Takotna Village Clinic

On March 26, 2020, in the remote village of Takotna, Alaska, a fire started in a multi-use building that included the village medical clinic. It was an old wooden building and the fire quickly destroyed the structure. Fortunately, no one was hurt, and no other buildings were damaged. While the fire was still burning, village leadership began contacting those who might be able to assist with recovery.

Texts and phone calls offering personal support and encouragement, and promises of rapidly activated teams of support, occurred. In response to this loss what has become apparent is the many personal connections, friendships, and trust that surround the clinic. We are grateful for the outpouring of support that has already occurred and the level of professionalism exhibited by those responding to the unfortunate event.

Losing the clinic in the midst of the coronavirus crisis meant that all medications, testing supplies, on site testing capability, and video connectivity equipment were lost – including the most basic things needed to do a physical exam. As solutions to this loss are explored an additional challenge being faced is the fact that the village is in full isolation protocol. In an attempt to avoid the spread of the virus, no planes or snow machines from anywhere else are being permitted. Takotna is hundreds of miles from any road or city.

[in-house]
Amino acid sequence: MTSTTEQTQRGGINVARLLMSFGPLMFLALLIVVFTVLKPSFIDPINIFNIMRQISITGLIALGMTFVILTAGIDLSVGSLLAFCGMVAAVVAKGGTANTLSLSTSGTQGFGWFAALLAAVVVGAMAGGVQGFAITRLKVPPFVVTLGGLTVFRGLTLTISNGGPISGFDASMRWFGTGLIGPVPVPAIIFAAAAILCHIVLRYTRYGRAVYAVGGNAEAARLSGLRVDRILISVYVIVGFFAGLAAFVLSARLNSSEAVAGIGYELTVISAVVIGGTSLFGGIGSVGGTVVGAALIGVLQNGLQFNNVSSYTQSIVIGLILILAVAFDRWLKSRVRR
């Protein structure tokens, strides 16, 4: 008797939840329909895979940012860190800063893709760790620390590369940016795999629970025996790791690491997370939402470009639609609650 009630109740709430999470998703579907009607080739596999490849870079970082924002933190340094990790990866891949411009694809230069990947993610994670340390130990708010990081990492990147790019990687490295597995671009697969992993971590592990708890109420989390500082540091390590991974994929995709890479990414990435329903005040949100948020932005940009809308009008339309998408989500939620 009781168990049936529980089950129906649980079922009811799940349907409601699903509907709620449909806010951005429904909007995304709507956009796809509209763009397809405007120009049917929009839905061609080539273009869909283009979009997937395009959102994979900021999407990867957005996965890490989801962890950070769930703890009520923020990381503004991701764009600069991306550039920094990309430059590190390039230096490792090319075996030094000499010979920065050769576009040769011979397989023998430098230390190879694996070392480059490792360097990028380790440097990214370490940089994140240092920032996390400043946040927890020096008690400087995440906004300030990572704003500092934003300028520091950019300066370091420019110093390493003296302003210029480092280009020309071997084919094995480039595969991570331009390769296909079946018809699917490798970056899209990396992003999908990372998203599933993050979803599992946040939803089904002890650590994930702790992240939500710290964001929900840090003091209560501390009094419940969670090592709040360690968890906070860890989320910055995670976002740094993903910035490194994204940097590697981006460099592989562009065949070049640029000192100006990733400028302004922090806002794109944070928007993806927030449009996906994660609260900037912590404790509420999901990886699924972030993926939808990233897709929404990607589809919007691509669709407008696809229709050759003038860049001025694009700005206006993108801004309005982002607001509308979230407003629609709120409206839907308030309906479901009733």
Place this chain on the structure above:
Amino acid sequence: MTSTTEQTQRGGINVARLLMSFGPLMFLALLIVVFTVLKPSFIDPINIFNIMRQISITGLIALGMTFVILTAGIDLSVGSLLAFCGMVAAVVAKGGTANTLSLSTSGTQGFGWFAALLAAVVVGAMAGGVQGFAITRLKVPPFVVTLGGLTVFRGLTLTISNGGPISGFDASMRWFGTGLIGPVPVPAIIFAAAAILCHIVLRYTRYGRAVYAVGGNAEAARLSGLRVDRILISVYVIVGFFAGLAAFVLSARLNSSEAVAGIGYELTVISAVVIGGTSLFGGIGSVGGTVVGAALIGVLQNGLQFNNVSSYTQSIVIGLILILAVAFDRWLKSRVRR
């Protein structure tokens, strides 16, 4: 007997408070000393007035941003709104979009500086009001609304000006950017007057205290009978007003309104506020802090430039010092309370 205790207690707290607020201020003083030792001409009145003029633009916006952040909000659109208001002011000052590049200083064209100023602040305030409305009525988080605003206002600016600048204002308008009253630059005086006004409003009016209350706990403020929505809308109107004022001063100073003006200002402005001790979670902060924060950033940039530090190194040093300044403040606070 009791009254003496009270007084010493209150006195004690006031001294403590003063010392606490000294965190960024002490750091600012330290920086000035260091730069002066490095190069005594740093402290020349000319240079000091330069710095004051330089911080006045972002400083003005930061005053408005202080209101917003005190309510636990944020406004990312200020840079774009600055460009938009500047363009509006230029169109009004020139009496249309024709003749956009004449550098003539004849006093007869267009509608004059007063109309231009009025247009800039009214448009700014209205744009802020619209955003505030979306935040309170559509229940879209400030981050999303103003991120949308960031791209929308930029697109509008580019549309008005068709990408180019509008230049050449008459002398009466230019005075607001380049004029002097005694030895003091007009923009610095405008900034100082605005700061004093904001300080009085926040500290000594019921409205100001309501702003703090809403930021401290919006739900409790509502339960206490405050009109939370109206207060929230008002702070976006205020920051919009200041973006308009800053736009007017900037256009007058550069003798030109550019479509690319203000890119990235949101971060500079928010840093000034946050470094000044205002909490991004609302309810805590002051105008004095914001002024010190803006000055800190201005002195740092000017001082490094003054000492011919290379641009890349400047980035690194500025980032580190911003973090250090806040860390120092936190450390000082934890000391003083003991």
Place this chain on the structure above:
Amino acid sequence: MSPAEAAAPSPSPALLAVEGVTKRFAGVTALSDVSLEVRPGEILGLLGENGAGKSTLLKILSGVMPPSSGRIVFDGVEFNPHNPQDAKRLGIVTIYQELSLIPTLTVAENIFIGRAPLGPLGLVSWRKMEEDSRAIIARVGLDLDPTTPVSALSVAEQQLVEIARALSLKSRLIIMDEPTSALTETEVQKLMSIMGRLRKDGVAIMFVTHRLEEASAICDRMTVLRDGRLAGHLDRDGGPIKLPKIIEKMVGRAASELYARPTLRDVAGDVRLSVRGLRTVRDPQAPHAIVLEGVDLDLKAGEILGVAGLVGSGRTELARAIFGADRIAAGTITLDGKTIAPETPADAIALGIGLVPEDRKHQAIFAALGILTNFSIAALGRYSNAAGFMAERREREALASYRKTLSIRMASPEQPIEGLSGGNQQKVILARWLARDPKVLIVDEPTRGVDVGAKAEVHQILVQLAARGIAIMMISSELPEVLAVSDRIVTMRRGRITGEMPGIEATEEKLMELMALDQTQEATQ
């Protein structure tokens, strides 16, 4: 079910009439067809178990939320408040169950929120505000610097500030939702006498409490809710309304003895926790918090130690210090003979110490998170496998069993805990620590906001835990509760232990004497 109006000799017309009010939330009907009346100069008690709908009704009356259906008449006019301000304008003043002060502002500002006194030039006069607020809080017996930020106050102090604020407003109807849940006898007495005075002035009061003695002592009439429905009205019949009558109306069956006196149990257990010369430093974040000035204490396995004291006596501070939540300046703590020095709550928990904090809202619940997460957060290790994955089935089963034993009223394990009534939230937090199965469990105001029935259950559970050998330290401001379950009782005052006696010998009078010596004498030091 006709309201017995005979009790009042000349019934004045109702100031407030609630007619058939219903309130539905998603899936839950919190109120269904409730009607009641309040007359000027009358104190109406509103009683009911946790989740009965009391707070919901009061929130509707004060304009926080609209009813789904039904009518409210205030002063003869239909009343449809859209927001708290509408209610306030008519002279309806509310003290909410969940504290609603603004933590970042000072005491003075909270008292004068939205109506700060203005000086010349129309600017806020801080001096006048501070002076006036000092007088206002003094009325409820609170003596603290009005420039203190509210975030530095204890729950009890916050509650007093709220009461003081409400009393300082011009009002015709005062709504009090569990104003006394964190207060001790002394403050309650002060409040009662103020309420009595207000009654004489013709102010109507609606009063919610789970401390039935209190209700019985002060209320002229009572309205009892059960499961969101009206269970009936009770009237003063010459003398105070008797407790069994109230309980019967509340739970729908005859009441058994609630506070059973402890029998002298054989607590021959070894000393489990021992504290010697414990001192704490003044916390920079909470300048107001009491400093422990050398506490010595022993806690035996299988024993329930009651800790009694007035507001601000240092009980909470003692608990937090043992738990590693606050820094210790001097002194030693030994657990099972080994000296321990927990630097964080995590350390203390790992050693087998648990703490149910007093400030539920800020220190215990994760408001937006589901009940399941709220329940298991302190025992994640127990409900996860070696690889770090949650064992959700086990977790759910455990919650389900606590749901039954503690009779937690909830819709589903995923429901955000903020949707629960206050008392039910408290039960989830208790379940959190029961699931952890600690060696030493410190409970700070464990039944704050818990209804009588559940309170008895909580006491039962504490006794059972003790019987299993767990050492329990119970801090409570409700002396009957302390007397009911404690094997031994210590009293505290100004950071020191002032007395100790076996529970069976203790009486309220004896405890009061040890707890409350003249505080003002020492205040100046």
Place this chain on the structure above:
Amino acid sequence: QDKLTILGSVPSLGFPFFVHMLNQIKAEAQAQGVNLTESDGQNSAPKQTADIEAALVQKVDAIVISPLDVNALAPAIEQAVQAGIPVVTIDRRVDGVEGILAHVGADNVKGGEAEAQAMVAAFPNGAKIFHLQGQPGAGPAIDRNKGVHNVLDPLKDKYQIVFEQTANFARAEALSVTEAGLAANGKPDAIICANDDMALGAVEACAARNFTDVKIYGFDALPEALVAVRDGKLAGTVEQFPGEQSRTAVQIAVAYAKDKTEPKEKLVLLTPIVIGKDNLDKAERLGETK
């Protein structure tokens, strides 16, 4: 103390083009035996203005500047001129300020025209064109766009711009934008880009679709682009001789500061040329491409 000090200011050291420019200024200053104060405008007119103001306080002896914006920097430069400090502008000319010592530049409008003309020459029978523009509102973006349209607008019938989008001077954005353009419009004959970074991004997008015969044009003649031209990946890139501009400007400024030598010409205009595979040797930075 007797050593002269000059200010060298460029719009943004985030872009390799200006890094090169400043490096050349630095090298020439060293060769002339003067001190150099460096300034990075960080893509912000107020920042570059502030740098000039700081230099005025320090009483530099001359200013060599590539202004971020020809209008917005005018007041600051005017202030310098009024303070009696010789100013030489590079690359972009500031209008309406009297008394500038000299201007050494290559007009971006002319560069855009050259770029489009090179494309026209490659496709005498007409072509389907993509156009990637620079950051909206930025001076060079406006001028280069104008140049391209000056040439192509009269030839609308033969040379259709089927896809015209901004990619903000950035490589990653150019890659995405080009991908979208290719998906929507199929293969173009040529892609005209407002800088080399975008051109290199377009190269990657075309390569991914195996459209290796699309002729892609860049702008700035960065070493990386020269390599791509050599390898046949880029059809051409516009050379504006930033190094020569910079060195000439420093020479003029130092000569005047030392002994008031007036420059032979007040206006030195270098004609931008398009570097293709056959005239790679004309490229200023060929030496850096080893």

By 9:30 a.m. on March 27, many things were in place including:

  • A full set of basic clinic equipment, supplies, and medications.
  • Arrangements for these to be flown in and left on the side of the gravel/snow runway.
  • Transition plans to open a temporary clinic in another facility.
  • A team put in place to help manage the transition.
  • A team put in place to accelerate a previously planned replacement clinic.
  • Scheduled discussion with Indian Health Service director for emergency response funding.
  • Communications from local leaders, regional leaders, CEO’s, and VP’s of corporations were complete.

All of this was possible because of a highly developed and capable health care system across every village and town in Alaska – owned and designed and led by Alaska Native people. It is built on an amazingly capable layered system of training, skills, networking, support, communication, and trust. It is a system of highly capable virtual connectivity and locally recruited workforce connected and supported all the way to highly sophisticated medical centers and experts.

If you stop and think about it —this is how health care should be for everyone, everywhere. It should be always present, largely virtual and woven into lives, locally controlled with considerable local autonomy, and backed up by great communication, expertise, trust, and friendship.